We tried McDonald’s, Wendy’s, and Burger King’s signature burgers — and the winner is unmistakable

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Hollis Johnson

In terms of menu choices, fast-food chains are a lot like car brands – there’s something for everyone.

Five-piece chicken nuggets for the on-the-go soccer mom. A quarter pounder with cheese for the erudite lovers of the classics. A salad for … someone.

And for the person who enjoys the finer things in life, there are the flagships: the signature burgers. Without these, fast food would lose all meaning.

I decided to contrast the signature sandwiches of the fast-food “big three” – the Whopper at Burger King, the Big Mac at McDonald’s, and the Dave’s Single at Wendy’s – with one question in mind: Which chain truly makes the best flagship burger?


Here is the storied and gloried lineup: the Whopper from Burger King, the Dave’s Single from Wendy’s, and the Big Mac from McDonald’s.

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Hollis Johnson

Unwrapping them is like driving off the lot — once it’s done, there’s no going back. The Whopper and Big Mac held up well, but the Dave’s Single looks like a flat tire.

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Hollis Johnson

Let’s start with the Whopper. There is simply no Burger King without the Whopper. It’s as entwined with the chain as the croissant is with France. It is indeed the “Home of the Whopper.”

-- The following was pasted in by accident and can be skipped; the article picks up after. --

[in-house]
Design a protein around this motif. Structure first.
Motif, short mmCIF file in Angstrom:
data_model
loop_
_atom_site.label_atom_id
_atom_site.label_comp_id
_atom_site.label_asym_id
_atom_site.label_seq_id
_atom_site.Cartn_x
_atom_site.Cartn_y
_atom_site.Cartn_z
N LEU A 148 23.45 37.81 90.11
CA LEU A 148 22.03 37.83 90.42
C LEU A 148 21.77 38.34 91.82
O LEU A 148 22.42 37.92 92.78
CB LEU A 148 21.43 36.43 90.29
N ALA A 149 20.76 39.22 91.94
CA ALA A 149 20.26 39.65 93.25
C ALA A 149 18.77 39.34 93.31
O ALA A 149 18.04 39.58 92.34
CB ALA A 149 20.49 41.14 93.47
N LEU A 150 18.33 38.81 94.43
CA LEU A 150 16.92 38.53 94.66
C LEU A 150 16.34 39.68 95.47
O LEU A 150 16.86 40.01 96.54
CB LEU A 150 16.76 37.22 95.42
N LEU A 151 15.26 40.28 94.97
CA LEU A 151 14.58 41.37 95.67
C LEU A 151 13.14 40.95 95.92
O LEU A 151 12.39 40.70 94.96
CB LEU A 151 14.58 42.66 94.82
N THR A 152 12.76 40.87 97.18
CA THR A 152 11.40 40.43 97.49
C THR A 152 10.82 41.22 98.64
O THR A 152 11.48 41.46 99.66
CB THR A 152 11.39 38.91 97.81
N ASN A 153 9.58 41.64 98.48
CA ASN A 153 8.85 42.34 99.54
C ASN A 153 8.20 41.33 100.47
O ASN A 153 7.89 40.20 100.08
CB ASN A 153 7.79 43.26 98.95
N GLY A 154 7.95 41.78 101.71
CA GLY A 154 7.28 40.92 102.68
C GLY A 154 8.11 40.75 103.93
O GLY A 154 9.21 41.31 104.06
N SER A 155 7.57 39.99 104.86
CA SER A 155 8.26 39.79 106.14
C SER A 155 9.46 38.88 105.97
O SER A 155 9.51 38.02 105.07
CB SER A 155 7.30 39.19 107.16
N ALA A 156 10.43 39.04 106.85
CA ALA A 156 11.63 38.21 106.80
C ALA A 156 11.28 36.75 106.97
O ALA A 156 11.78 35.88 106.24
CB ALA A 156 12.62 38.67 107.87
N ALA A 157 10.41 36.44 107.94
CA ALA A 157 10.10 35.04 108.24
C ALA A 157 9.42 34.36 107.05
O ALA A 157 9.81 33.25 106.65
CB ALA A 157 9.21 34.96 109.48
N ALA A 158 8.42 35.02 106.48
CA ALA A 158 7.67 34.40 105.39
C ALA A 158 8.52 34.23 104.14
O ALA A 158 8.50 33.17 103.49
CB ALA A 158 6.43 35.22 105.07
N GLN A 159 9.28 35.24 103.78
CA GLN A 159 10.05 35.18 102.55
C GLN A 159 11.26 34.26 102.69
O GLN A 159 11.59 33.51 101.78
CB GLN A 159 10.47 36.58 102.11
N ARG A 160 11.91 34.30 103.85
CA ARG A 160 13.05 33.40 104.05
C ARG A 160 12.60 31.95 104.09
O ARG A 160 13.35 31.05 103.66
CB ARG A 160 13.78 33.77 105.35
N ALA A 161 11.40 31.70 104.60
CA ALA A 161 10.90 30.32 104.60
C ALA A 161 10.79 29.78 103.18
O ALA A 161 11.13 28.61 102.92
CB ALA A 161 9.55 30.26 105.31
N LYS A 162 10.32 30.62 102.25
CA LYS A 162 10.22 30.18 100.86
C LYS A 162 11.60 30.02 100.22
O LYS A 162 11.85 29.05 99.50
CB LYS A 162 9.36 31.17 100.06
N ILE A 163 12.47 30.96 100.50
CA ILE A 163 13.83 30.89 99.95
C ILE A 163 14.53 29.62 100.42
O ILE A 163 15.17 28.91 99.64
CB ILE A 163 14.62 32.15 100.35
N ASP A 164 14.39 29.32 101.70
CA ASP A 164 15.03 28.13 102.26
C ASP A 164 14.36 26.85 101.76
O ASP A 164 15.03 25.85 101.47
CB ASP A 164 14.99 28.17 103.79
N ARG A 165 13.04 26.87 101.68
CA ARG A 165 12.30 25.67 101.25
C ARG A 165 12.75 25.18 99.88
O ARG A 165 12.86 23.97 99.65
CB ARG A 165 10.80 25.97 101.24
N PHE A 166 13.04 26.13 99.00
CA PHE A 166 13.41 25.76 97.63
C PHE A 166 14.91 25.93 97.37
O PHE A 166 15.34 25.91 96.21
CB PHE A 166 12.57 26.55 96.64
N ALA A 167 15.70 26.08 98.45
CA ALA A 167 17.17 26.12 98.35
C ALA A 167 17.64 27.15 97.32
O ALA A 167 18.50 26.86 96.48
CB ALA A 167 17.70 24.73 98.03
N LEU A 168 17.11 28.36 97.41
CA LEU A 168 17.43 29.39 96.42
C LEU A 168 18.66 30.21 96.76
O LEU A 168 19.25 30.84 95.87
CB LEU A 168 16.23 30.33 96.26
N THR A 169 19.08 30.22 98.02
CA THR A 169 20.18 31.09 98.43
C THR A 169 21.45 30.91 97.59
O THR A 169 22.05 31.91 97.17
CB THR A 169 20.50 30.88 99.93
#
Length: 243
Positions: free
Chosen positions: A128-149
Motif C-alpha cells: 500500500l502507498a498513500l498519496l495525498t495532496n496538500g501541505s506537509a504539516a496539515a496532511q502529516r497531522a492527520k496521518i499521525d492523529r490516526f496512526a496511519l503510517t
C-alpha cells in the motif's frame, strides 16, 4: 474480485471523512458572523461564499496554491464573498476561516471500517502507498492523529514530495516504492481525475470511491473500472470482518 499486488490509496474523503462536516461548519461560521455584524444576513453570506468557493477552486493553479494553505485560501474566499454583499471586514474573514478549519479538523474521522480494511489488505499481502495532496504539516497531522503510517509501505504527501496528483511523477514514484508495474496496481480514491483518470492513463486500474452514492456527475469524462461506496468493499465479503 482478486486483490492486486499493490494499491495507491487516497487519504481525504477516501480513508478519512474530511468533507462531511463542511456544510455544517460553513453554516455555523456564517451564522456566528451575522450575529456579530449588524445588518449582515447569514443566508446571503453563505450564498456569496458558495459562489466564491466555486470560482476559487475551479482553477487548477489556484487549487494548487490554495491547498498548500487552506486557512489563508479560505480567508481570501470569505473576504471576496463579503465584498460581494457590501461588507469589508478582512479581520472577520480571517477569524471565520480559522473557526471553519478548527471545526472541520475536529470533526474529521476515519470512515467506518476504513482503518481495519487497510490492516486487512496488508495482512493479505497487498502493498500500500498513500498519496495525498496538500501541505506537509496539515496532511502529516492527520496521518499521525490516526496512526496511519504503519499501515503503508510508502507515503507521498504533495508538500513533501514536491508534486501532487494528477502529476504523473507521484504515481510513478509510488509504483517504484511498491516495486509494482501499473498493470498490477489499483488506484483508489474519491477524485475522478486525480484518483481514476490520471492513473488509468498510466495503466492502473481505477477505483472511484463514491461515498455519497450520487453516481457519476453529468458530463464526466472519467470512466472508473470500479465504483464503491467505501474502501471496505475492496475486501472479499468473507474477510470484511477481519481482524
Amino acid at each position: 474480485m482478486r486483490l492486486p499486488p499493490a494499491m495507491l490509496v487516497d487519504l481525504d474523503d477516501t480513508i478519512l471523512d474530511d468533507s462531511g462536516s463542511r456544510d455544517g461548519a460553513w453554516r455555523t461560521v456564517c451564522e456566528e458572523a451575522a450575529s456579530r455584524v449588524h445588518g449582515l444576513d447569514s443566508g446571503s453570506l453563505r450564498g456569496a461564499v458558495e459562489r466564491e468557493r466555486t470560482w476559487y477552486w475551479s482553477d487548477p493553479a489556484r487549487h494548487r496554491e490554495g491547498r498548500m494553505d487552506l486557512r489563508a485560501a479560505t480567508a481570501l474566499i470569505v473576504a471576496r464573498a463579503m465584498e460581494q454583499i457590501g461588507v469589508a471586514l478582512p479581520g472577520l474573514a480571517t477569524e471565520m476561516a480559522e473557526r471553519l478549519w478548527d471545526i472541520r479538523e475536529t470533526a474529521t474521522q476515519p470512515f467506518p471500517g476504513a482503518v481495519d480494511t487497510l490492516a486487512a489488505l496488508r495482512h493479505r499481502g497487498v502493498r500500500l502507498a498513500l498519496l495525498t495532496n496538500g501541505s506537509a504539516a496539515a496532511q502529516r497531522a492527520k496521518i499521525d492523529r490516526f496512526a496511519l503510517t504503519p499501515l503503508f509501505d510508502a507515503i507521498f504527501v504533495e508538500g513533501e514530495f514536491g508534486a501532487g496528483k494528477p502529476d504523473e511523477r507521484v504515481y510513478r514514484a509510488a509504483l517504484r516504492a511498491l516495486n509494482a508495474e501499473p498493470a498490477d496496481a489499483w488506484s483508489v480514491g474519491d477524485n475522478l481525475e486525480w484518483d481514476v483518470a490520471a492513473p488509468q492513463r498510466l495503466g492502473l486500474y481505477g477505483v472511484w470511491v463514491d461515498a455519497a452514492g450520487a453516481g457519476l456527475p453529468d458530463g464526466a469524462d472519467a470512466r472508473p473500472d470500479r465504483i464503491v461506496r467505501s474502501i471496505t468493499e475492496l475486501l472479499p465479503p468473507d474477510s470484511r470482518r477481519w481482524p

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Hollis Johnson

The Whopper is a delightfully simple item: a flame-grilled, quarter-pound beef patty topped with lettuce, pickles, tomatoes, onion slices, mayonnaise, and ketchup, all tucked under a sesame-seed bun. Technically, the Whopper doesn’t have cheese, but since every cashier asks “With cheese?” and every customer should say yes — because no one should say no to cheese — I’m including a slice of American as part of the classic burger.

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Hollis Johnson

In past reviews, Burger King typically has scored pretty low on the quality metric. Its sandwiches are rather consistently slapdash, soggy, and oversauced. But this Whopper has bucked the trend. The wide, flat sandwich has a good burger-to-condiment ratio, and the bun envelopes it all without becoming waterlogged.

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Hollis Johnson

The pickles are surprisingly tart, adding a much more satisfying crunch than the onions. The big, beautiful, sesame-seed-dotted mesa of a bun is wide, translating into a lot of bread. It almost overwhelms the thin patty at times. The meat itself is so-so, but the cheese adds a bit of richness to each bite. Burger King is known for its brash stunt items as of late, but the Whopper is a sedate and steadfast anchor on the menu.

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Hollis Johnson

The Big Mac is snugly between blue jeans and Bruce Springsteen’s “Born in the USA” on the scale of international symbols for America. How many burgers can say they have an economic index named after them? This double-decker burger is more iconic than London’s double-decker buses, and, I would assume, a more satisfying meal experience.

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Hollis Johnson

Yeah, it’s true – the Big Mac Index is a thing.


Two thin patties, shredded lettuce, onions, American cheese, pickles, the instantly recognizable three-piece bun, and, of course, the sacred secret sauce all come together to create this burger.